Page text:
At what stage of the short sale process are you in?
Is the short sale approved yet by your lender(s)?
And do you have a back up buyer?
Has the buyer released all his contingencies?
Some short sale sellers, in the interest of keeping the deal moving forward, may acquiesce to reasonable requests. I had one such seller who had the furnace fixed at his expense, primarily because the buyer's lender wouldn't approve the buyer's loan otherwise.
But some buyers may be too demanding, or do not know what to expect, or were not properly apprised of what to expect in a short sale.
If you refuse to do the repairs the buyer wants done, then you may have the option to cancel if the buyer doesn't meet the timelines per the contract.
Since the market is heating up, you may be better served to look for another buyer who would be more cooperative.
The buyer can demand, or ask for, anything they want - regardless of what they signed. I bought a foreclosure - and "asked" the lender to fix numerous things. They mostly rejected everything - but you never know for 100% sure until you ask.
The bigger issue here is really your best interests. You are trying to sell the property short - in order to mitigate the damage to your credit and avoid a foreclosure. So, if you, and your real estate agent, are both confident that it's priced right (considering both the condition, and making sure it's in the price range of the bank will ultimately accept) and will sell regardless - then you can choose to not make the repairs and hope another buyer comes along.
Your choices are basically:
1. Tell the investor/buyer you aren't fixing anything. You might call their bluff, and they may proceed with buying the home anyway - but you risk them walking away.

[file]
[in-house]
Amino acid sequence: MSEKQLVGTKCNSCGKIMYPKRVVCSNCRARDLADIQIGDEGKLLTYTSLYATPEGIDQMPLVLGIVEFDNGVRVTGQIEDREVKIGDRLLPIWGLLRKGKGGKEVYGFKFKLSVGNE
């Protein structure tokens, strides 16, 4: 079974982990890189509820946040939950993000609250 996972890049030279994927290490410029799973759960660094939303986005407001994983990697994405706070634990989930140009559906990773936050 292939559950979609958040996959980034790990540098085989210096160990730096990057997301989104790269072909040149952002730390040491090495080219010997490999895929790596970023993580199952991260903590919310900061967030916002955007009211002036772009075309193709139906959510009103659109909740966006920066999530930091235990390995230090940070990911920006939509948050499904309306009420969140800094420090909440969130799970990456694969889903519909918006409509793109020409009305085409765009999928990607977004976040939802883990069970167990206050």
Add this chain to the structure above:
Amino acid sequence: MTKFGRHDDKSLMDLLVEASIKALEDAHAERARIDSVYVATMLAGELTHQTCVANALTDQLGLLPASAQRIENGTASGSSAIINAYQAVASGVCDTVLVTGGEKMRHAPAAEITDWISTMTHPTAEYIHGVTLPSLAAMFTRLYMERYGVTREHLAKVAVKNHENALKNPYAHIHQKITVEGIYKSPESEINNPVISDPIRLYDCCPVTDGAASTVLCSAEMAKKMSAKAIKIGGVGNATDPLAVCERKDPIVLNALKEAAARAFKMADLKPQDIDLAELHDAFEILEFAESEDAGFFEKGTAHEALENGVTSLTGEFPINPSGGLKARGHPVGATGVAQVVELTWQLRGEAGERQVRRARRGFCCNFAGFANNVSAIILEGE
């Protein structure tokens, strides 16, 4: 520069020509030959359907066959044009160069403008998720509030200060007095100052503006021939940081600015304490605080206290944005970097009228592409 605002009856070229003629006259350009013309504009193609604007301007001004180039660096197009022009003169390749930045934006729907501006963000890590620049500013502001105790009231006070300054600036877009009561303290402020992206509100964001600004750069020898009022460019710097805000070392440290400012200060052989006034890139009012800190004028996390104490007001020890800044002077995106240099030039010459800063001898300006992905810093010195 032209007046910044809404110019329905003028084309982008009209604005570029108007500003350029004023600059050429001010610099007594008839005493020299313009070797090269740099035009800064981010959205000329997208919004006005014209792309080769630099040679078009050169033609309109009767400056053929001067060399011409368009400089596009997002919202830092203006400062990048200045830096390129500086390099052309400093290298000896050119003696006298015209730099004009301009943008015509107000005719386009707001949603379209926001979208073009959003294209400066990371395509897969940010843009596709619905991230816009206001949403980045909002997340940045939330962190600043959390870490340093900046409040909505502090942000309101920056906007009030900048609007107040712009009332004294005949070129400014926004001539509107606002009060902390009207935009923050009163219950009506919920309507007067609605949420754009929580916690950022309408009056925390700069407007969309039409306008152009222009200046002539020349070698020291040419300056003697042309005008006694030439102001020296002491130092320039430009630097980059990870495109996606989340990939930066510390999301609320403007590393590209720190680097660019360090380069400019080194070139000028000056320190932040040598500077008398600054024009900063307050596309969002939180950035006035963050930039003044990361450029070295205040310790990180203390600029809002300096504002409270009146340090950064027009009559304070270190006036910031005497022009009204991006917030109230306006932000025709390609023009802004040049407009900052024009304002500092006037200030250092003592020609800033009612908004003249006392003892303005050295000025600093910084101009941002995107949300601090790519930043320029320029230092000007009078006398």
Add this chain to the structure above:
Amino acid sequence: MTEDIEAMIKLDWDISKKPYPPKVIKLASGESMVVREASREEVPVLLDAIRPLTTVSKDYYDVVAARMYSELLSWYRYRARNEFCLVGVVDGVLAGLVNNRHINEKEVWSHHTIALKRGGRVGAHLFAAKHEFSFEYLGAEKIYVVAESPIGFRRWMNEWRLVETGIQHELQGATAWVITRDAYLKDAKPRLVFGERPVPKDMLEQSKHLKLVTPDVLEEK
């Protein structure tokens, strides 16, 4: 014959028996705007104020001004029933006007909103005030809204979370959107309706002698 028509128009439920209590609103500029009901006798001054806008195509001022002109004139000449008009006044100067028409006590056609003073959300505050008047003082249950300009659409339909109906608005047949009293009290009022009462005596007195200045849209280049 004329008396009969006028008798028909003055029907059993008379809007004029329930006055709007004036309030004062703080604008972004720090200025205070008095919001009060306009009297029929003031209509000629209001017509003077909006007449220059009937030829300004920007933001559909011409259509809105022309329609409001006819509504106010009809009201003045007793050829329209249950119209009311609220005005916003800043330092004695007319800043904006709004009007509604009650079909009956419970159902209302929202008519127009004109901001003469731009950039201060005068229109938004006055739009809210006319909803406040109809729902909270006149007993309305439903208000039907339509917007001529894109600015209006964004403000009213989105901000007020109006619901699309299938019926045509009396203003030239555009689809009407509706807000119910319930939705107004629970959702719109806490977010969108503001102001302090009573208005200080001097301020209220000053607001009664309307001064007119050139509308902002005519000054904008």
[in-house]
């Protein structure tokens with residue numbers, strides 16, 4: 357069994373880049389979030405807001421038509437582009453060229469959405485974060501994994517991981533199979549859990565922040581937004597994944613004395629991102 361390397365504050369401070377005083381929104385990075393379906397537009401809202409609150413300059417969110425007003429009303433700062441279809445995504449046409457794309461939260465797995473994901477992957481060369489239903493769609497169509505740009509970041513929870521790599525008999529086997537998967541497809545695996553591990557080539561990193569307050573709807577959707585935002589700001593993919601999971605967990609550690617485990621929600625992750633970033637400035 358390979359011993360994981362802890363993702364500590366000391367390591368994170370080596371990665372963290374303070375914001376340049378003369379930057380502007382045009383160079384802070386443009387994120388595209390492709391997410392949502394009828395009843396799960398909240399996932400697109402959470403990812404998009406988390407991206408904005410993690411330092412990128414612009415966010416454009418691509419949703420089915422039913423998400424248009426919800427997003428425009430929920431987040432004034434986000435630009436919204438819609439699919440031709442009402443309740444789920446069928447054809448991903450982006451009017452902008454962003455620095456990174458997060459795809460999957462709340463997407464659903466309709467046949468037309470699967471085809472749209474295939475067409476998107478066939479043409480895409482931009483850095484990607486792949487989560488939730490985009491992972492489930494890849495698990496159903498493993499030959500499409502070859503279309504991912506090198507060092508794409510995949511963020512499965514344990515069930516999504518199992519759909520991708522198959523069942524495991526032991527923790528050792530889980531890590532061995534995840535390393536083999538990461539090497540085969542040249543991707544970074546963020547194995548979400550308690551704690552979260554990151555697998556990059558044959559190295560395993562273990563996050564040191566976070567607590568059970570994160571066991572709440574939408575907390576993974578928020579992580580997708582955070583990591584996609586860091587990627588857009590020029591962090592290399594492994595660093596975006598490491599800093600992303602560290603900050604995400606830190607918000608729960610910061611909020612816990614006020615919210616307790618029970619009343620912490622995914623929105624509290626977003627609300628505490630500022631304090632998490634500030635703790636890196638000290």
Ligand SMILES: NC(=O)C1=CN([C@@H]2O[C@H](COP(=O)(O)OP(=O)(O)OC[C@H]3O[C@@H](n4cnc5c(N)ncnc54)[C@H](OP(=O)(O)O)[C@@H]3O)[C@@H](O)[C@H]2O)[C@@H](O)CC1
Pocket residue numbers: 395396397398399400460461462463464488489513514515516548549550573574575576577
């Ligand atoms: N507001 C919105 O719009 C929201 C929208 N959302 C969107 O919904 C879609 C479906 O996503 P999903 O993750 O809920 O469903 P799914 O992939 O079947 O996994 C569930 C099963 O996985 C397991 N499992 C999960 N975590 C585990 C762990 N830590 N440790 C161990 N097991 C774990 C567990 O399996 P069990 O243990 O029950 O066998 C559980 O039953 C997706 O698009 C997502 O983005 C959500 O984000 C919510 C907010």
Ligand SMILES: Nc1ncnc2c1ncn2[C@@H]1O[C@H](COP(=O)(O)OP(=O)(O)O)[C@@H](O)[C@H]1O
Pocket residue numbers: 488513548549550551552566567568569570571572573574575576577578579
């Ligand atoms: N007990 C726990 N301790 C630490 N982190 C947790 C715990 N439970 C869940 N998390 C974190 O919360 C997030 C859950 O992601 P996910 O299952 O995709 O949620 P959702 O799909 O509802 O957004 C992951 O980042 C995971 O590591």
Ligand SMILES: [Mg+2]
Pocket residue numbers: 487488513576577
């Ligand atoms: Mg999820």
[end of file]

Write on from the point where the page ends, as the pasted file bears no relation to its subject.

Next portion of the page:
2. Give in and repair everything, begrudgingly - knowing that at least in the end you'll get the outcome you wanted.
3. Try to compromise with them and fix a few minor things - and tell them they are on their own for the rest per the as-is agreement they signed.
The buyer can "ask" or in this case, demand, anything - regardless of what they signed. You don't have to agree to fix anything, but the buyer doesn't have to ultimately buy it either.
Hope this helps!
Good luck with your transaction, I hope everything works out for you.
It all depends on the lender, the investors behind the loan, market conditions, and the strength and expertice of the negotiator.
This is why the buyers are buying a home for lesssssss.....
Hope this helps, there are some other good answers below so I do not want to double up on them.
Edith YourRealtor4Life & Chicago, North Shore & Northern Illinois Expert
Working always in the very BEST interest of her clients, Buyers, Sellers and
Investors alike....And always with a SMILE :)
Covering for @Properties Chicago & suburbs, and with her trusted Partner
Agents US & world wide properties. French, German, some Spanish &more EdithSellsHomes@atproperties.com or EdithSellsHomes@gmail.com
Check out my website at http://tinyurl.com/YourRealtor4Life
Get to know me! Learn about my experience, expertise, services! Read letters
of recommendation! Sign up to search for properties in my expanded service area.
HAVE THE MOST WONDERFUL DAY :)
If the buyer has signed the As-Is Addendum from the bank, they could possibly request a credit but the bank won't agree unless it is a really major issue that has come to light.
One cautionary point though if a Buyer has already removed all contingencies, and decides to, their deposit is at risk.